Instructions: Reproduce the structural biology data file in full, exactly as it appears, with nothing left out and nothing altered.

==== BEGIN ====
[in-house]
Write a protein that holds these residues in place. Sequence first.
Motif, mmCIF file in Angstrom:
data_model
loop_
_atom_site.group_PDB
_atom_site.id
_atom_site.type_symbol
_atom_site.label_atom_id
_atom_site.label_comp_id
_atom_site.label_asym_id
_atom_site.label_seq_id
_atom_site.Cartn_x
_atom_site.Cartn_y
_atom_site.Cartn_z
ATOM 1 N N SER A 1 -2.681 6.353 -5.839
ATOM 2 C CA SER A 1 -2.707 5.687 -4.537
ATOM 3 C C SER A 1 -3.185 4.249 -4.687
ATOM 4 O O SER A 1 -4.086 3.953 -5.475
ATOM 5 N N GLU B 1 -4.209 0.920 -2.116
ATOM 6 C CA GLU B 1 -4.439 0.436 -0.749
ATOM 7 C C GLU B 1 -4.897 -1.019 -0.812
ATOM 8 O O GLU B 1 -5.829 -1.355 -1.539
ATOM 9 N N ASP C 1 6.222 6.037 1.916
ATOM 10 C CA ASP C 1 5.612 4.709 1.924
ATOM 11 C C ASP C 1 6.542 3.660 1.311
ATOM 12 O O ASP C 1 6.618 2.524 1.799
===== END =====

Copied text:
[in-house]
Write a protein that holds these residues in place. Sequence first.
Motif, mmCIF file in Angstrom:
data_model
loop_
_atom_site.group_PDB
_atom_site.id
_atom_site.type_symbol
_atom_site.label_atom_id
_atom_site.label_comp_id
_atom_site.label_asym_id
_atom_site.label_seq_id
_atom_site.Cartn_x
_atom_site.Cartn_y
_atom_site.Cartn_z
ATOM 1 N N SER A 1 -2.681 6.353 -5.839
ATOM 2 C CA SER A 1 -2.707 5.687 -4.537
ATOM 3 C C SER A 1 -3.185 4.249 -4.687
ATOM 4 O O SER A 1 -4.086 3.953 -5.475
ATOM 5 N N GLU B 1 -4.209 0.920 -2.116
ATOM 6 C CA GLU B 1 -4.439 0.436 -0.749
ATOM 7 C C GLU B 1 -4.897 -1.019 -0.812
ATOM 8 O O GLU B 1 -5.829 -1.355 -1.539
ATOM 9 N N ASP C 1 6.222 6.037 1.916
ATOM 10 C CA ASP C 1 5.612 4.709 1.924
ATOM 11 C C ASP C 1 6.542 3.660 1.311
ATOM 12 O O ASP C 1 6.618 2.524 1.799